Brothers Faramir(left) and Boromir (right)

The men of Gondor, having bred with many of the local subgroups of peoples, are very diverse in appearance, although, there are some defining characteristics that you should be aware of when writing a Gondorian character.

  1. They are stern-faced people. They’ve been under attack almost constantly and as a result, warfare is simply a way of life. Death is a companion that is always around. They are hardened, brave, and strong-willed.
  2. They are tall and well built. Again, under attack constantly. It’s like Middle Earth’s version of Crossfit.
  3. They are very proud people and given their heritage, it’s not hard to see why. The poster-child for this would be, of course, Boromir. While not everyone was as proud as he, it gives you an idea of where you can start.

What Writers Get Wrong About Gondor

If you are going to write a Gondorian character, you need to pick a name that is at least in that wheelhouse. Do not name your character Bob the Gondorian or Steve of Dol Amroth. One, it doesn’t fit within the universe of Middle Earth, and even if you’re doing a “Normal person falls into Middle Earth” kind of story, you would still want to change their name.

I find it very distracting when I read a story and the name is one that is clearly not part of Tolkien’s world. The lovely thing about Tolkien is that he created such a vibrant language system that almost every name has a meaning of some kind, so find a name that fits the character you have in mind!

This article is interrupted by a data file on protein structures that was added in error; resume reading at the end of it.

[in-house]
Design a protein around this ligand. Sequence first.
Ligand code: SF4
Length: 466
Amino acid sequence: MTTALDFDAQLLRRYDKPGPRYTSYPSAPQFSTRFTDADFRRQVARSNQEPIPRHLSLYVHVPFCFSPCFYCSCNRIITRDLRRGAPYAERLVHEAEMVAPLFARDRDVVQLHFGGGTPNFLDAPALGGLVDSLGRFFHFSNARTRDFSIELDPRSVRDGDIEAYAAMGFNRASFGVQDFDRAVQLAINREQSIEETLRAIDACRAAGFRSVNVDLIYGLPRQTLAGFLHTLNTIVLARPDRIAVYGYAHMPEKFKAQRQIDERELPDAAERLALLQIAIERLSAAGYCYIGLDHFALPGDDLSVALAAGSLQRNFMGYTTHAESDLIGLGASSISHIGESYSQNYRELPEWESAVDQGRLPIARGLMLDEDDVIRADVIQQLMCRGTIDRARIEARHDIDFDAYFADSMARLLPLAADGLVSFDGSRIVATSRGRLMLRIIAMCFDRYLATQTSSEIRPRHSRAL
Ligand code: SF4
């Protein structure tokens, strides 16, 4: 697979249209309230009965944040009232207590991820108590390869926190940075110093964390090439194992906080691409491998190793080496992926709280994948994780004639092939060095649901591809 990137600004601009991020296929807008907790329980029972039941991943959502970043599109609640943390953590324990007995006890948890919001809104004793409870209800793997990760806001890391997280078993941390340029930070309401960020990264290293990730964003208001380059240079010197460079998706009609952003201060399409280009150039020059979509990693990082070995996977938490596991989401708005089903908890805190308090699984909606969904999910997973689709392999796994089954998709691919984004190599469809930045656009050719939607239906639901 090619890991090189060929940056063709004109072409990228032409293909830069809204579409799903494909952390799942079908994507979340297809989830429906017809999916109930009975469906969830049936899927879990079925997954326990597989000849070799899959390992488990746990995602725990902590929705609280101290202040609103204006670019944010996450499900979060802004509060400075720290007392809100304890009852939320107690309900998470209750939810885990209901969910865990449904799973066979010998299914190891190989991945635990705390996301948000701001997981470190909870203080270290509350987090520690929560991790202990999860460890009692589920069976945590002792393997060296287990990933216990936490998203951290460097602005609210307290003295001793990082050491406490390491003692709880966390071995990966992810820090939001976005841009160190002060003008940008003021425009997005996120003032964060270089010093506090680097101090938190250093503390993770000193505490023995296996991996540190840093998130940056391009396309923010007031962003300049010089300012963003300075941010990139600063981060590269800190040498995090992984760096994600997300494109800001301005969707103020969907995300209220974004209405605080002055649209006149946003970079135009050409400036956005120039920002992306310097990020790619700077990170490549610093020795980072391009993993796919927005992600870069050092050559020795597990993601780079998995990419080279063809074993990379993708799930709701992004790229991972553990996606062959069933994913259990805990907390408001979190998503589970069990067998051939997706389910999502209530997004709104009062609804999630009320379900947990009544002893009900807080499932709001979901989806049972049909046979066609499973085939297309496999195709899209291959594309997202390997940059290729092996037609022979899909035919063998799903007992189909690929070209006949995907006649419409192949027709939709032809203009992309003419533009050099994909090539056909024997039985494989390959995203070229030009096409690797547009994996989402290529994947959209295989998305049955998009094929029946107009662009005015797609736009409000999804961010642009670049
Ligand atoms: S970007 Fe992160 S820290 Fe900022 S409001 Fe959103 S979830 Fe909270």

Check out Realelvish.net for names, it’s a great resource. Here is a link to the Gondorian Names list to get you a head start.


These are probably my personal favorite of the race of men due to their Saxon like culture. They are the Horse Lords, the Ride of the Mark, the Rohirrim.

Theoden, King of Rohan

I’m going to use a quote given by Aragorn because it sums them up better than I can do them justice.

“They are proud and willful, but they are true-hearted, generous in thought and deed; bold but not cruel; wise but unlearned, writing no books but singing many songs, after the manner of the children of Men before the Dark Years. ‘’” — Aragorn, The Two Towers

This is why I love the Rohirrim; out of all of the races of men, these were inspired heavily by the Anglo-Saxons and are the most connect with our world.

Some notable characteristics of the Rohirrim are:

  1. They are tall, blonde, and a mostly blue-eyed people. Norse on a horse in other words. (Admit it, you laughed a little)
  2. They are big people and their women are described as being very beautiful.
  3. They are fiercely independent, and they have preserved their culture by not marrying or mingling with what Tolkien described as “lesser men”.

What Writers Get Wrong About Rohan

The things I see writers get wrong usually revolved around the warrior culture that is the lifeblood of Rohan. Swords are a treasure and regarded with much honor and respect, as are the horses. Rohan has old traditions, epic songs, and grand stories that are a part of its history they authors seem to forget about or just are not aware of.

The names are an issue here as well, and you need to be very thoughtful when choosing a name that fits. Here’s a link that has more info on Rohirrim Names.